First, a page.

Top Fifty Films of the 50s — Number Nine

#9 — All About Eve (Joseph L. Mankiewicz, 1950)
Margo Channing, played by Bette Davis, is responding to a direct question. The tension in the room is stirred and the temperature is rising. She’s asked if the darts she’s already been hurling represent the end or the beginning of her charged activity for the evening. She throws back her cocktail, strides purposefully away from her group, pausing one step up the stairwell to turn back and advise, curdled smile on her lips, “Fasten your seat belts. It’s going to be a bumpy night.” It is the sort of perfect line that defines a movie, and Davis’s delivery of it takes it a step further to become the iconic representation of an entire screen career, or at least a well-loved screen persona. In that handful of words lies that uncompromising authority that always suited Davis best. She can wither a fool with a single word and signal her dissatisfaction with the flint of her gaze. Margo Channing is the apotheosis of that archetypal Davis character, the one that years of ferocious acting talents could be funneled into. Playing a theatre grand dame being slowly, cunningly maneuvered out of the spotlight, Davis could lay into the material with a relentless sharpness and a emoting power meant to bounce of the back wall of the house. Actors sometimes get blessed with the ideal role at the exact right time. All About Eve is the greatest gift Davis could have received.

The line quoted above is surely the most notable in All About Eve. It’s also probably not even in the top fifty of any ranking of the best lines in the film, if anyone were foolhardy enough to attempt such a tally. The screenplay by Joseph L. Mankiewicz (based on a 1946 short story by Mary Orr) is one of the true masterpieces of cinematic writing. Aside from a handful of film noir classics, there may be no competition for most wickedly intelligent lines per square inch of celluloid. There are barbs aplenty as an array of characters, most of them jaded to different degrees by their lives within the cutthroat business of show, offer bleakly funny assessments of the competitive goings-on. Davis is the unquestionable star of the piece, but the cast is loaded, with its remarkable five Academy Award nominations in the acting categories as compelling evidence (to this day, it remains the only film in Academy history that received four separate nominations for female actors). The sole winner among the performers on Oscar night was perhaps the clearest scene-stealer: George Sanders as the devilishly dry theatre critic Addison DeWitt, the last syllable of the character’s name duly hinting at his superpower. Barely a line escapes DeWitt’s lips that isn’t a bit of beautifully rendered comedy, and Sanders drolly gets the best out of every last one.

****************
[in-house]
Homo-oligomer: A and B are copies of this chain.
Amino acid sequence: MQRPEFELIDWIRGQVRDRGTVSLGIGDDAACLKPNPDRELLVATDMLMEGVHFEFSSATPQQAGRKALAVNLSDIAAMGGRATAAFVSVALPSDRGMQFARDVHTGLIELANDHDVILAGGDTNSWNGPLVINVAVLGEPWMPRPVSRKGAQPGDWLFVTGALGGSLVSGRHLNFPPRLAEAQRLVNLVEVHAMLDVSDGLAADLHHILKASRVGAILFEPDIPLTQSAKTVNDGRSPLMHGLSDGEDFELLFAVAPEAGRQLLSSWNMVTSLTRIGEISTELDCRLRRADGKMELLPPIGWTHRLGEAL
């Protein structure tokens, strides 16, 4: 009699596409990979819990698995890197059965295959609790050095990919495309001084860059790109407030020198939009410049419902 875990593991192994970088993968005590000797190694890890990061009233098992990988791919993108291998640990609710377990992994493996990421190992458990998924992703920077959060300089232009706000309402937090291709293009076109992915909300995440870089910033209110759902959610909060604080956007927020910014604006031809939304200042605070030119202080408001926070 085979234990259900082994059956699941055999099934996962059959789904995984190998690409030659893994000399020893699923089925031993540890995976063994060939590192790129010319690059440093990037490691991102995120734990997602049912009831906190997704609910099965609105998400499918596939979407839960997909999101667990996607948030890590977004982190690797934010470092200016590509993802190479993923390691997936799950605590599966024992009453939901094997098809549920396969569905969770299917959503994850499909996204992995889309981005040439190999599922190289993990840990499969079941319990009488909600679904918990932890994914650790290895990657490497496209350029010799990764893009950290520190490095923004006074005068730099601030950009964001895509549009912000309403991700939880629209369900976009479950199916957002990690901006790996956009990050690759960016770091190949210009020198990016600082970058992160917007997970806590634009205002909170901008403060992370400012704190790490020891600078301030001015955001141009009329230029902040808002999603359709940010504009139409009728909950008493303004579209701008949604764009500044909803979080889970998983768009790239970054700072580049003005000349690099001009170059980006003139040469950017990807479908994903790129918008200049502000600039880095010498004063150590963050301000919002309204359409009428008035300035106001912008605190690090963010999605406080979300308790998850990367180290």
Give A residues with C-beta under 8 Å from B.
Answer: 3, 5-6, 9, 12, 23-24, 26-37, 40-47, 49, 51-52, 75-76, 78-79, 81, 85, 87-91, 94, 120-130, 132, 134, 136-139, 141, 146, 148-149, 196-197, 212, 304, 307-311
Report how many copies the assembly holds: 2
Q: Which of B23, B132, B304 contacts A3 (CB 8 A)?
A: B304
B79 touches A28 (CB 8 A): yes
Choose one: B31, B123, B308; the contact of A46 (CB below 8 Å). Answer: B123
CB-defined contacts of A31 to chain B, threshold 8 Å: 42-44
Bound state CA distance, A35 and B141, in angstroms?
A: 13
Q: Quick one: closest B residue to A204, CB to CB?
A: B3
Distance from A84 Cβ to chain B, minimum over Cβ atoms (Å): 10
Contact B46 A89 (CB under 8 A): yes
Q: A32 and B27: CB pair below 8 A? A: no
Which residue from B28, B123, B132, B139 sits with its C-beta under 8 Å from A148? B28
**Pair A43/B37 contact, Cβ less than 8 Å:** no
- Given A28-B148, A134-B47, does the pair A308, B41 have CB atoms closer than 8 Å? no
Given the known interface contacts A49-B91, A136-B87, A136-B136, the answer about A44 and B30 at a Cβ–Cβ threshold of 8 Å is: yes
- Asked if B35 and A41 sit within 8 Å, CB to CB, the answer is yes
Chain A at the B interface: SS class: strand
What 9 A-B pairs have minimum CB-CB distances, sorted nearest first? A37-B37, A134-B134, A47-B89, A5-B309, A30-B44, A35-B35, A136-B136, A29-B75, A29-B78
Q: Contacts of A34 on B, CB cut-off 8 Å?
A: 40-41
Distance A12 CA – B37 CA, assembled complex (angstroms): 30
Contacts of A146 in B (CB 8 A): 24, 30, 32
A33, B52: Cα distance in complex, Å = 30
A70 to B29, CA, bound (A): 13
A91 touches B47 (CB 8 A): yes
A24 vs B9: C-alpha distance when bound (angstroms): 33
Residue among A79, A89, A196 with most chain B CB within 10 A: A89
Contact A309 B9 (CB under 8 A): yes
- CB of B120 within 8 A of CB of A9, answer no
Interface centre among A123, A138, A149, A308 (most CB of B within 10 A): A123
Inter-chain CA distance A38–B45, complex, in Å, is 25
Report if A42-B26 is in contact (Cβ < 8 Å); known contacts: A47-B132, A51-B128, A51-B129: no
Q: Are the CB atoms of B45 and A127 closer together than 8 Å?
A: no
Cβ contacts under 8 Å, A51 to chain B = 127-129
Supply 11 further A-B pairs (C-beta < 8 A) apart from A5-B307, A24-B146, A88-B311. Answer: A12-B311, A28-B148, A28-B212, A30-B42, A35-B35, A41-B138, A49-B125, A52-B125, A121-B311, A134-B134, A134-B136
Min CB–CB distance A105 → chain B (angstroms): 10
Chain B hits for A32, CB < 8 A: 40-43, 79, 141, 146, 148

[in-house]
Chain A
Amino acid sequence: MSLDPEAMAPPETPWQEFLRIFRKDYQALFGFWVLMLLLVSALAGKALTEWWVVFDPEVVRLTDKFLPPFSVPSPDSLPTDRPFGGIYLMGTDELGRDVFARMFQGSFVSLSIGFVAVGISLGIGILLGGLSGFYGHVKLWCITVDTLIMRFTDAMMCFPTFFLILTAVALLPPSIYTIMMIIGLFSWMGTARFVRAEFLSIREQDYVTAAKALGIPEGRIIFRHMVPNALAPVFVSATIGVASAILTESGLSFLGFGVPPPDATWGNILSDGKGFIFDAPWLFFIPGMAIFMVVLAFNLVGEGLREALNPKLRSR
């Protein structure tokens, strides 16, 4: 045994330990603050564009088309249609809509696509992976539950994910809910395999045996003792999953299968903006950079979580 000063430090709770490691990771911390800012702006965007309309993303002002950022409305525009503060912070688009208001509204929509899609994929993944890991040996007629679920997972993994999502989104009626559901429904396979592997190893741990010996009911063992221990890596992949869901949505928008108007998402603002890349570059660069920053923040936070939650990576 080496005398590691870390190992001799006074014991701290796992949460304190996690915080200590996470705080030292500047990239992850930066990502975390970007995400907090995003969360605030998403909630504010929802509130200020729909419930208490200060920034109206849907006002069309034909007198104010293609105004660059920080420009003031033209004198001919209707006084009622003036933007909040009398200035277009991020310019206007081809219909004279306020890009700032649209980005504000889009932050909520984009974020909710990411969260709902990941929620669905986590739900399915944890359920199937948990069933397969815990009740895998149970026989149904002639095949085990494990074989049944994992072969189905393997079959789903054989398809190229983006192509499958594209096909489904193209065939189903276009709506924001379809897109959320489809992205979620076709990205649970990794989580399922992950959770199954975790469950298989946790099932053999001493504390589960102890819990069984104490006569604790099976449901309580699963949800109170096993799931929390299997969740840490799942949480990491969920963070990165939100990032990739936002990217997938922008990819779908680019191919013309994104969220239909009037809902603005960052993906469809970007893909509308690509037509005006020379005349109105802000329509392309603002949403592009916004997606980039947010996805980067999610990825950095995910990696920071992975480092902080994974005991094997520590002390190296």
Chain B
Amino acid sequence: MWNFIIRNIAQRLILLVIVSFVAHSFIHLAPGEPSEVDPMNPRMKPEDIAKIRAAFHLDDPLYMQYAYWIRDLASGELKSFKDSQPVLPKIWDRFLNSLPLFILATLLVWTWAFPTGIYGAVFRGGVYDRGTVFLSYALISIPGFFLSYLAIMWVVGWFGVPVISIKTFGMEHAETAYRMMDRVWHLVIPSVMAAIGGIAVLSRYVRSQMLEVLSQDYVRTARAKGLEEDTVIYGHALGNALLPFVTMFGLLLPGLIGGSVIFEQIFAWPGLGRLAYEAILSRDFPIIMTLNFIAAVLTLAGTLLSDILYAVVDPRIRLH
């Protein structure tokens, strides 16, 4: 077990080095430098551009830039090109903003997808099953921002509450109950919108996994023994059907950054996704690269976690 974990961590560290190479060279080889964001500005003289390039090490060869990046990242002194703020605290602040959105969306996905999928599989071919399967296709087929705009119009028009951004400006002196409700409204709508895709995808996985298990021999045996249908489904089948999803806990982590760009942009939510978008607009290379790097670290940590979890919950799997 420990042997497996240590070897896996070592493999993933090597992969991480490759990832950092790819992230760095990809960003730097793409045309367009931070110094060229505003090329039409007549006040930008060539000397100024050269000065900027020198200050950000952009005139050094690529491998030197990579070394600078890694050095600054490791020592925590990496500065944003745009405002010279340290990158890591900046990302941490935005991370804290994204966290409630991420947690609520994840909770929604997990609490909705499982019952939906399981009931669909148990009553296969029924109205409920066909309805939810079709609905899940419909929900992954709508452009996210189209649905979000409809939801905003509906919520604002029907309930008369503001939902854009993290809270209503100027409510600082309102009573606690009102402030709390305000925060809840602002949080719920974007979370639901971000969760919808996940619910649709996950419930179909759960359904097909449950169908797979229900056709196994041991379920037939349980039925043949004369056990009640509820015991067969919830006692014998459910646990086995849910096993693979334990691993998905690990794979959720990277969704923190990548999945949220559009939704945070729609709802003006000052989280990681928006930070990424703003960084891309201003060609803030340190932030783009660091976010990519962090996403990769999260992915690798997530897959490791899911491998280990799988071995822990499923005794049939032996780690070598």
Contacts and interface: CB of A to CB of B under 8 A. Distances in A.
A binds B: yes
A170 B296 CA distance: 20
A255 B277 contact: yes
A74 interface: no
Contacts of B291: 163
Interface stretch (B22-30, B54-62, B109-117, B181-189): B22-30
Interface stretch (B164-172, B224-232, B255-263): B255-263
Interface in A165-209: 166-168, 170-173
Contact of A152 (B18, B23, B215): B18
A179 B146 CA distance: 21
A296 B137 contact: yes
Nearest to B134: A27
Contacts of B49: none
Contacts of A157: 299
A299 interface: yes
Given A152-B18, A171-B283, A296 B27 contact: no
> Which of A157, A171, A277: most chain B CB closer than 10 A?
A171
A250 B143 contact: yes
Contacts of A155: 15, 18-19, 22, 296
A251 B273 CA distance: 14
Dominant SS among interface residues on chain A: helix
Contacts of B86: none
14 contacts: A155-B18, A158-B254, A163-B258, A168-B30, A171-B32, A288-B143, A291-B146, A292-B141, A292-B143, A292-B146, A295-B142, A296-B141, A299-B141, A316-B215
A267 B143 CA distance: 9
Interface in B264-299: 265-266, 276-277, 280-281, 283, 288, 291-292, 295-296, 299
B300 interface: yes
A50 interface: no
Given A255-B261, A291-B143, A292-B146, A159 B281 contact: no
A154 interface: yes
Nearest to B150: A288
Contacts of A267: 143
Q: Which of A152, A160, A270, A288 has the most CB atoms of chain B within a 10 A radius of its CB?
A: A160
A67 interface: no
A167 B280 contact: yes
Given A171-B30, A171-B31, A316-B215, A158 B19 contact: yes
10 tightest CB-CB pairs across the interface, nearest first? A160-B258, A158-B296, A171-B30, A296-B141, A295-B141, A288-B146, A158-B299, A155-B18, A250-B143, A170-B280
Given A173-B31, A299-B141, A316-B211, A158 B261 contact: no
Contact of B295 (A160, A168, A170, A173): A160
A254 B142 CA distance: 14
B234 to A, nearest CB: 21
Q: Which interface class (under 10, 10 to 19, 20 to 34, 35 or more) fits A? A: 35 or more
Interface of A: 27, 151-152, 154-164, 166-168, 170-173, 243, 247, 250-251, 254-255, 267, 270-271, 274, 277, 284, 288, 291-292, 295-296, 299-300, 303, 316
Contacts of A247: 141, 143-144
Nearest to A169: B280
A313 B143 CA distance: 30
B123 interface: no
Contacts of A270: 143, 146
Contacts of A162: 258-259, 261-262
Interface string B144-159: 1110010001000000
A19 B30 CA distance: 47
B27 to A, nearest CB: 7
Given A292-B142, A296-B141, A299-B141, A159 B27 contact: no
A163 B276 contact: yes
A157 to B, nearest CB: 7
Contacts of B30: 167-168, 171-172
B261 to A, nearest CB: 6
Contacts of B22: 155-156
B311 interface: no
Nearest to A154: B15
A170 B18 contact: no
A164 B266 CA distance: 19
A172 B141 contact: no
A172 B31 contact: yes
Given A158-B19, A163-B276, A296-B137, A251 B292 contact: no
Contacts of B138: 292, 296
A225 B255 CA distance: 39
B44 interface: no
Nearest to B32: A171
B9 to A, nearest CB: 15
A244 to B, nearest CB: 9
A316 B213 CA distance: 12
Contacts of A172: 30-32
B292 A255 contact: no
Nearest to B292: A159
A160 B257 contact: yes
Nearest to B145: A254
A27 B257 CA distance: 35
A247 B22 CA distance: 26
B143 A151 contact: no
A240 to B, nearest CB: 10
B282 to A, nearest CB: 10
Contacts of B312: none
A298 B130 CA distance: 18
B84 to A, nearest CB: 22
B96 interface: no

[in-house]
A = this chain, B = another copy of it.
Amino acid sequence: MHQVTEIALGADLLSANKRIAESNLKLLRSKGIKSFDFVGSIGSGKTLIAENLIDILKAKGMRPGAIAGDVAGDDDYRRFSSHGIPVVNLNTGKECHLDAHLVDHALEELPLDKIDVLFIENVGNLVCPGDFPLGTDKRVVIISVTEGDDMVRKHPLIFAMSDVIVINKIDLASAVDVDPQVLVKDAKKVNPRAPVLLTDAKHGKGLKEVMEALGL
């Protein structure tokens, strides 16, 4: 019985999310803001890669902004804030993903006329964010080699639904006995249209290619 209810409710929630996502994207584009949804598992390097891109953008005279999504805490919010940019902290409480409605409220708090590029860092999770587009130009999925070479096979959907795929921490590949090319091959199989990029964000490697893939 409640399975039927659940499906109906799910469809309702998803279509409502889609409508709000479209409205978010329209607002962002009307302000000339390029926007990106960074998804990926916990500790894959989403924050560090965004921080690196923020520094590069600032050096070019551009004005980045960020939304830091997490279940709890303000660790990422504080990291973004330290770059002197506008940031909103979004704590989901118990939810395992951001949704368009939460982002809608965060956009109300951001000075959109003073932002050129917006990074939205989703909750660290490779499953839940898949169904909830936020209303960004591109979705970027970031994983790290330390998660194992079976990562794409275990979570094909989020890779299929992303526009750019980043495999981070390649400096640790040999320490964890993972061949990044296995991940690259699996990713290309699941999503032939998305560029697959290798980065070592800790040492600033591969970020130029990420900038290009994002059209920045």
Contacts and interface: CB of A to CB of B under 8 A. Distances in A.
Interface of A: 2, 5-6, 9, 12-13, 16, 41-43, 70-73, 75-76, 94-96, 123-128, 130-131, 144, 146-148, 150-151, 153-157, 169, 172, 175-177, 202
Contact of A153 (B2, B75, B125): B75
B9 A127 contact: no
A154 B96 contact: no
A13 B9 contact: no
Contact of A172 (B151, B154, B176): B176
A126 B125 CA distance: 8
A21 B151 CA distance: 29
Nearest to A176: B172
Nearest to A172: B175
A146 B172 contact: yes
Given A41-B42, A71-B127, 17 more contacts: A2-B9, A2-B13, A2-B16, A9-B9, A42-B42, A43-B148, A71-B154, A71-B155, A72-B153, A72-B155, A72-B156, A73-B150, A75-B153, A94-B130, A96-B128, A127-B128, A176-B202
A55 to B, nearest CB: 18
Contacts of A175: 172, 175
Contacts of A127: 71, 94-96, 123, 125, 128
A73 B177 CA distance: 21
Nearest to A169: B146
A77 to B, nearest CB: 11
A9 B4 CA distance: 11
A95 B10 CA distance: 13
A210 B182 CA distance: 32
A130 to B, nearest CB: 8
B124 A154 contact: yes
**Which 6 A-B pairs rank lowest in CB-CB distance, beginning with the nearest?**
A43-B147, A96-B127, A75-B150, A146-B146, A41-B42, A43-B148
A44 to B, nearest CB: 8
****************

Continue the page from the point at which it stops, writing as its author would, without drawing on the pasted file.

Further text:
All About Eve believes in the nobility of the stage, extolling the greater artistry that can be achieved by those who devote themselves to life trodding the boards. Yet, it is also merciless in its depiction of the toxicity of the profession, personified by Eve Harrington (Anne Baxter), the ingenue who shrewdly uses ingratiating innocence as a means to wrench open the door to stardom and acclaim. In a field where the art of performance is celebrated, wouldn’t the person who can extend their masquerades convincingly into the rooms and corridors backstage be the one most likely to succeed? Baxter is a wonder in the role, giving subtle glimpses of the dark soul behind the dewy eyes. All About Eve has the whirl and wonder of a modern fable, but Baxter, Davis, and everyone involved — all guided by Mankiewicz’s smart, sure direction — wisely keep it grounded in the real. That gives the film allegorical application to a place and time that one person can be shunted aside for another that simply played the game better, maybe by implementing new rules they’ve made up on the spot. It seems to me that cautionary tale works just about anywhere. Bumpy nights aren’t that rare. It’s best to keep the seat belts fastened at all times.

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